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VoIP Articles  > Solution Overload

The article below is a great article expressing how many VoIP companies are good for the market as they compete to win VoIP business, the ultimate winner is the Small to Medium sized VoIP customer due to increased options and lower prices. Virtual VoIP call centers offer great flexibility to the small to medium VoIP business user that previously has only been available to the Large Telecom Customers.

 

 

Solution Overload
By David M Roberts

Call center software targeted at the small-to-medium-sized business market is a fast-growing field right now. It only makes sense, really. With VoIP and IP Telephony finally coming into their own, it's only logical that communications software companies are going to want to get in on the action. The result of this is a glut of “all in one” call centers, all guaranteed to meet your personal business needs better than the rest: Contactual, CRM, VirtualOne, AMCAT, Fonality, BCMR Desktop... the list goes on and on.

To some extent this isn't a bad thing. It means small businesses have an unprecedented range of options in telecommunications, which drives costs down. The obvious drawback is that anytime you have such a wide range of programs and companies, many of them are bound to be cheap imitations or downright ripoffs. A little research will of course turn up the obvious frauds, but with such a relatively young technology it can be hard to tell.

The curious thing is what it indicates about the small business world's approach toward VoIP in general. The obvious demand for such products suggests that companies are finding it hard to get the functionality they need out of VoIP without one of these virtual call centers, and yet the promise of VoIP was that it was supposed to free telecommunications from the monopolized world of a few phone companies.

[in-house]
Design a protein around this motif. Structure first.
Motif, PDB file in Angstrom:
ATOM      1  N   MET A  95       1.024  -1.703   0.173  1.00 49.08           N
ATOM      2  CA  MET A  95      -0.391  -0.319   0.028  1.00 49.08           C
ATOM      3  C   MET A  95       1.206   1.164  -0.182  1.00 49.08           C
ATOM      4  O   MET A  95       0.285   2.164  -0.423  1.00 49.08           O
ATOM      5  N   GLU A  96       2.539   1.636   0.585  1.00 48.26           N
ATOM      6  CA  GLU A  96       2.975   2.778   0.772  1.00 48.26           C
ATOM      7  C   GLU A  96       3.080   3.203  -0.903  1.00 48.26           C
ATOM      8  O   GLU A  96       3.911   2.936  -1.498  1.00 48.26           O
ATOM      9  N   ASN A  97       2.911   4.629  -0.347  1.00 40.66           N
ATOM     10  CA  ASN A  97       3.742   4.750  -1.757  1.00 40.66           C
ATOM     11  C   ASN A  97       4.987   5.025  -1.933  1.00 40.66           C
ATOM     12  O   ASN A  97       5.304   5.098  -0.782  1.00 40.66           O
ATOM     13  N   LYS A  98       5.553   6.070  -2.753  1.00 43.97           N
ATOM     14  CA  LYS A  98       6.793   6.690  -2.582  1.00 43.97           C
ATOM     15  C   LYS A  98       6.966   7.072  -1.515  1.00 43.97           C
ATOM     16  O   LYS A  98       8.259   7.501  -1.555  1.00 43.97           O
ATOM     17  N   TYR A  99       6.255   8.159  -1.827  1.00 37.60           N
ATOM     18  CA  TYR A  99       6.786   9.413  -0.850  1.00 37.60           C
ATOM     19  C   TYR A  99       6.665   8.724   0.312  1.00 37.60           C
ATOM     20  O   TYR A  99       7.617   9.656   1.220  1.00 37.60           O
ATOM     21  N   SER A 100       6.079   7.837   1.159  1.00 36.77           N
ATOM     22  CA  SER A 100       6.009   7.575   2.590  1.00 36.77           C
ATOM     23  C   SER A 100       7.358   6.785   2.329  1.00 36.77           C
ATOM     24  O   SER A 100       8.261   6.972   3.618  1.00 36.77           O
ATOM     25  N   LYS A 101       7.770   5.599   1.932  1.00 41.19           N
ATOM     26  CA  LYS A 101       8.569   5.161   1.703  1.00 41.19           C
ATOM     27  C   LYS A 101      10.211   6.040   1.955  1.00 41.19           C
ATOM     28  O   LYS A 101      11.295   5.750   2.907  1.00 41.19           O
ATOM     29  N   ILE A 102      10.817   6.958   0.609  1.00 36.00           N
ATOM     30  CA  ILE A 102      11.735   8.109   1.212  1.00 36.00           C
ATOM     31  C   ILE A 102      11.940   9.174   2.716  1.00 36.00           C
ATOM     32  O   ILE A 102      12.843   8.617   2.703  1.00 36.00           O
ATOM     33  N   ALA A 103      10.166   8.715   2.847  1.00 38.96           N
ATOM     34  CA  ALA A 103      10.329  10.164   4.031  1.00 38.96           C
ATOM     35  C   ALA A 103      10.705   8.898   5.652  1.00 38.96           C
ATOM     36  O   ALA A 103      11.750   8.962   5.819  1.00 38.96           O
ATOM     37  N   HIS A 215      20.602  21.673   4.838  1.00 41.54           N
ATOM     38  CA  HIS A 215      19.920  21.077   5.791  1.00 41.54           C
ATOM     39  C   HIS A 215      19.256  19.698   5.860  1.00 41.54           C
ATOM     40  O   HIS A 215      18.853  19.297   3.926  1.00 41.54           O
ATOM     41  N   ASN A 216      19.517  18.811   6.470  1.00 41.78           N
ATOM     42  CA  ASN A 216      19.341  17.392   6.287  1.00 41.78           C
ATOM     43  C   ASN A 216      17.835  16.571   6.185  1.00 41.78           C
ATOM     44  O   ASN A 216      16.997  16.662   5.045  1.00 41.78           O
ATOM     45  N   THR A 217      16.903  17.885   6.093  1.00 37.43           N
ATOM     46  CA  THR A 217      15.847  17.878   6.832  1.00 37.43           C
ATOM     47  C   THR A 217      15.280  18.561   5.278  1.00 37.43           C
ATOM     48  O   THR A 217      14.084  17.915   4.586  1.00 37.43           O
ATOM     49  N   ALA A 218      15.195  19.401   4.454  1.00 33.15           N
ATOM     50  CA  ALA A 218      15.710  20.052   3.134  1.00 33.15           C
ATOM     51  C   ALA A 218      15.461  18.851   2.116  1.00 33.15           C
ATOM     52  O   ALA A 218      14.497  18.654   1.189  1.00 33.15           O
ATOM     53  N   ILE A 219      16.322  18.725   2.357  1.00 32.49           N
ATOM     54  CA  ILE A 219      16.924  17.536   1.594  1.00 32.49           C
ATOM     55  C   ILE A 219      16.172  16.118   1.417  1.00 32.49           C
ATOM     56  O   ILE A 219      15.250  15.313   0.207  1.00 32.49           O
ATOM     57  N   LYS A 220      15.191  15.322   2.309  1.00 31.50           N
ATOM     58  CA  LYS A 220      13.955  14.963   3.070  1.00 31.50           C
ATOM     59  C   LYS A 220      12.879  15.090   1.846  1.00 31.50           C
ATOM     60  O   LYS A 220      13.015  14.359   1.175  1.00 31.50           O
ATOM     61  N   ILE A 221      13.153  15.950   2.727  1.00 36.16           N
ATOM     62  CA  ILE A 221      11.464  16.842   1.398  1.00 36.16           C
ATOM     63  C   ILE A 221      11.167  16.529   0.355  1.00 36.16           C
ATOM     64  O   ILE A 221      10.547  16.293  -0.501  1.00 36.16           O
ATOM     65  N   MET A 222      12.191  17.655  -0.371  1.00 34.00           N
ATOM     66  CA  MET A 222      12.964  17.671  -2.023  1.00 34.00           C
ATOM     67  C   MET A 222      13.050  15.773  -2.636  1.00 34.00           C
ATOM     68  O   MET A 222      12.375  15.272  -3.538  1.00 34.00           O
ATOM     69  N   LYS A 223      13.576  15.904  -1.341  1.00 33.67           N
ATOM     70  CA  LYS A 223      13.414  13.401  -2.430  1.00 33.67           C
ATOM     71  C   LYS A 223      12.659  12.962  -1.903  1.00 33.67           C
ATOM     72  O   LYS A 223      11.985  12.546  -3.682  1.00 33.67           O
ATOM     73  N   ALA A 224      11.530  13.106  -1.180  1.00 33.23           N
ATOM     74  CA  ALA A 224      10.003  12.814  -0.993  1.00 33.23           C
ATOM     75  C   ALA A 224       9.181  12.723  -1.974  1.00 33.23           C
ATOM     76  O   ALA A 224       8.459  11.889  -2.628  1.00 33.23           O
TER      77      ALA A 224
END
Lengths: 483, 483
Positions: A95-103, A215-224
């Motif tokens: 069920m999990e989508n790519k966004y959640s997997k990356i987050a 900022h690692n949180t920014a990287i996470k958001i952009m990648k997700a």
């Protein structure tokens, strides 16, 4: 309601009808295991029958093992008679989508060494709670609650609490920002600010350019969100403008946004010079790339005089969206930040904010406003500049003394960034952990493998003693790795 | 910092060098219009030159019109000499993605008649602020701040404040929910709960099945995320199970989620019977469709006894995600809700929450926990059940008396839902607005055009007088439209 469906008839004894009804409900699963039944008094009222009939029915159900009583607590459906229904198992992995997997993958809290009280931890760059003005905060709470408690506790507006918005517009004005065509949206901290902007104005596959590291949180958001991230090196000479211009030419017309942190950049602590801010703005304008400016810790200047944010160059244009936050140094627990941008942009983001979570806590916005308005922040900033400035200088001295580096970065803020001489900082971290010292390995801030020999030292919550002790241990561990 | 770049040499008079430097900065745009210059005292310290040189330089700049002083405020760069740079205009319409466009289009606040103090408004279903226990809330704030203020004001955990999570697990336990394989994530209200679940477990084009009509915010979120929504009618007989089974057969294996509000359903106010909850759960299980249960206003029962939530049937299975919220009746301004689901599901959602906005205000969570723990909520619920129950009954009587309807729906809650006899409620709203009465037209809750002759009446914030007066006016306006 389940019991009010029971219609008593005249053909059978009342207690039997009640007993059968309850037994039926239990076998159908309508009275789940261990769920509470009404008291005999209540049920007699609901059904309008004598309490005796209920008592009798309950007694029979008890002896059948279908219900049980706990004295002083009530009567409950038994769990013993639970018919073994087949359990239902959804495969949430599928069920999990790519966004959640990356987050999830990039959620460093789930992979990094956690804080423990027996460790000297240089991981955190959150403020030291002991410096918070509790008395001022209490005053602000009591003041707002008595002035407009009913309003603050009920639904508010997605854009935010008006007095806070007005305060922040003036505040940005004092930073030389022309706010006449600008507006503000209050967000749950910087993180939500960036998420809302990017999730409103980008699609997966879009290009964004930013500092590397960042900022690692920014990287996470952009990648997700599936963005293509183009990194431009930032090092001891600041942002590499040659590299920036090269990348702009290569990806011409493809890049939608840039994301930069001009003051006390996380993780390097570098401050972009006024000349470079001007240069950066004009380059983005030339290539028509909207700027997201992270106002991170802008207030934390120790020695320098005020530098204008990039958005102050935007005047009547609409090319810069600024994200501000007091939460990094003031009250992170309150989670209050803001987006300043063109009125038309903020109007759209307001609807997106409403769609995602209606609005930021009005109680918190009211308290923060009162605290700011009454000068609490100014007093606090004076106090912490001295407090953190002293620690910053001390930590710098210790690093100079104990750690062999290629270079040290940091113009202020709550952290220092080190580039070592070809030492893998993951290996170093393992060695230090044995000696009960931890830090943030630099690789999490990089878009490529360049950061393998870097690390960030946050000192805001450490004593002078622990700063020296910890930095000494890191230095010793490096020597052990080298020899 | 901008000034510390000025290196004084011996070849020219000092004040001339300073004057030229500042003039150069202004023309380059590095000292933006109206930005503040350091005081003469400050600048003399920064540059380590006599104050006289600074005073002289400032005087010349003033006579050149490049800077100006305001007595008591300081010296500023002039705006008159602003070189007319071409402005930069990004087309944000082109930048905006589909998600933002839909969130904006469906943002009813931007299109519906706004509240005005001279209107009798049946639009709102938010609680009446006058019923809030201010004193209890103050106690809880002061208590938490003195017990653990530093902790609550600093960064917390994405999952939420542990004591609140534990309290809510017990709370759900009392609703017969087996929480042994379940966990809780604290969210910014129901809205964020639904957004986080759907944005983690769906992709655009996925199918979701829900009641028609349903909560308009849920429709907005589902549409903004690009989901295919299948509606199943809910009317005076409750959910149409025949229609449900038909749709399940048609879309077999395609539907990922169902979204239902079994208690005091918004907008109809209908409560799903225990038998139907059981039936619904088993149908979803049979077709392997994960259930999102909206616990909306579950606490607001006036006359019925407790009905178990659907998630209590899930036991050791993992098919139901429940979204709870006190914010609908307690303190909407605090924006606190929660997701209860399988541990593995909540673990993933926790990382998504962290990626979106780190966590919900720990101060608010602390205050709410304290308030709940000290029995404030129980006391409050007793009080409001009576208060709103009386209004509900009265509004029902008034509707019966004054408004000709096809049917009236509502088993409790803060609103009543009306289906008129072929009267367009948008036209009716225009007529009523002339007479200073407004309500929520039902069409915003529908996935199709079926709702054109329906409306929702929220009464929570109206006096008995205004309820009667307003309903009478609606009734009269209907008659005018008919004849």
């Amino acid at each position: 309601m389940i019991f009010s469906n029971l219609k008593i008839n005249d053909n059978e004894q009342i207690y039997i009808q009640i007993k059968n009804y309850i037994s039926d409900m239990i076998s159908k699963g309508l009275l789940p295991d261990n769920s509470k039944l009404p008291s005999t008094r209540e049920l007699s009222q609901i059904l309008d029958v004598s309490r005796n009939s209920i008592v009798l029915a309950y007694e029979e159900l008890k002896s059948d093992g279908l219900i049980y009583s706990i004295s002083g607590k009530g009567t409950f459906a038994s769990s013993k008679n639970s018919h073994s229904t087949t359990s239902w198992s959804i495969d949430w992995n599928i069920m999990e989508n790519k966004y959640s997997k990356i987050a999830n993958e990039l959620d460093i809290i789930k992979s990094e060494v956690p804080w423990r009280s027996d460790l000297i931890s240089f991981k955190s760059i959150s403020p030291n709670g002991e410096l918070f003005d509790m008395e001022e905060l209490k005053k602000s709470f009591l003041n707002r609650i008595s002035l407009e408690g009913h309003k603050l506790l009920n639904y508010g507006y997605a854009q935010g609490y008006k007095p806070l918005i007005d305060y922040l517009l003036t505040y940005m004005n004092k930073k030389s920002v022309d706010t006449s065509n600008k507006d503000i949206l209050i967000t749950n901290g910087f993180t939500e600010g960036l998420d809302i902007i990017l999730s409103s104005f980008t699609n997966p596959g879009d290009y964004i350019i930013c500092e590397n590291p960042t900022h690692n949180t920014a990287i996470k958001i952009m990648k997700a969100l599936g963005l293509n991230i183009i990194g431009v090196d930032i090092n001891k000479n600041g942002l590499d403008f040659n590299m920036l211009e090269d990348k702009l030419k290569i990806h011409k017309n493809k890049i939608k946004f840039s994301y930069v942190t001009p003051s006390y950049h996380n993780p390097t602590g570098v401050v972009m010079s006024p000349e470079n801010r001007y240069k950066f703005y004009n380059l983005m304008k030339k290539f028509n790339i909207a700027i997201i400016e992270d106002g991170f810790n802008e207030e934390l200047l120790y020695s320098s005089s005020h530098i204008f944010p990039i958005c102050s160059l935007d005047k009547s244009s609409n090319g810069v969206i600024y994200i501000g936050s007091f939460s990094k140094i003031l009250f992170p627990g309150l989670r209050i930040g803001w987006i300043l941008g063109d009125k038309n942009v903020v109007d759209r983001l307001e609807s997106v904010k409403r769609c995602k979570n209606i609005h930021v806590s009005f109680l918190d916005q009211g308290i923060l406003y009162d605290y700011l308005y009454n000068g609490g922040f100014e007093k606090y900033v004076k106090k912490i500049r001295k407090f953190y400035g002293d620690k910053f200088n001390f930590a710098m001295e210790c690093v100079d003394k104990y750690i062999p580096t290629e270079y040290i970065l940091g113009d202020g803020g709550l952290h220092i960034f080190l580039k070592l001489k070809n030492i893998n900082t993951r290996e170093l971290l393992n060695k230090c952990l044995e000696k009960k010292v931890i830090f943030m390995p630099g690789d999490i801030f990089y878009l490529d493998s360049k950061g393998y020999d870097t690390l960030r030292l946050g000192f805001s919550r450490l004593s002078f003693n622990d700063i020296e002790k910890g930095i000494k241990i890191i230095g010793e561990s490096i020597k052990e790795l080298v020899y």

For all the rhetoric about freeing up communications, all we're seeing is the exchange of physical PBX technology for the virtual call center – exchanging the new shackles for the old. Yes, VoIP is cheaper (most of the time), and, yes, it can theoretically do a lot more, but how much of that power are small businesses really seeing? Instead of being bound by the limits of telephone technology, a company is now forced to work within the artificial confines of the program it purchases.

In essence, the approach hasn't changed. Although VoIP creates the possibility for a custom made platform which is truly tailored to individual needs, it seems that most companies would still rather buy a premade package.

In a few years, once the technologies settle down and standardize, I suspect this will lead to a contraction in the number of small-time platforms in favor of a few recognized industry names, again essentially replicating the telecommunications scene before the introduction of VoIP. But for now, it's an exciting time to be in telecommunications.

David Roberts is a 10th level VoIP champion and technology writer for voip-avaya.com, an online resource for all things VoIP.

 

 

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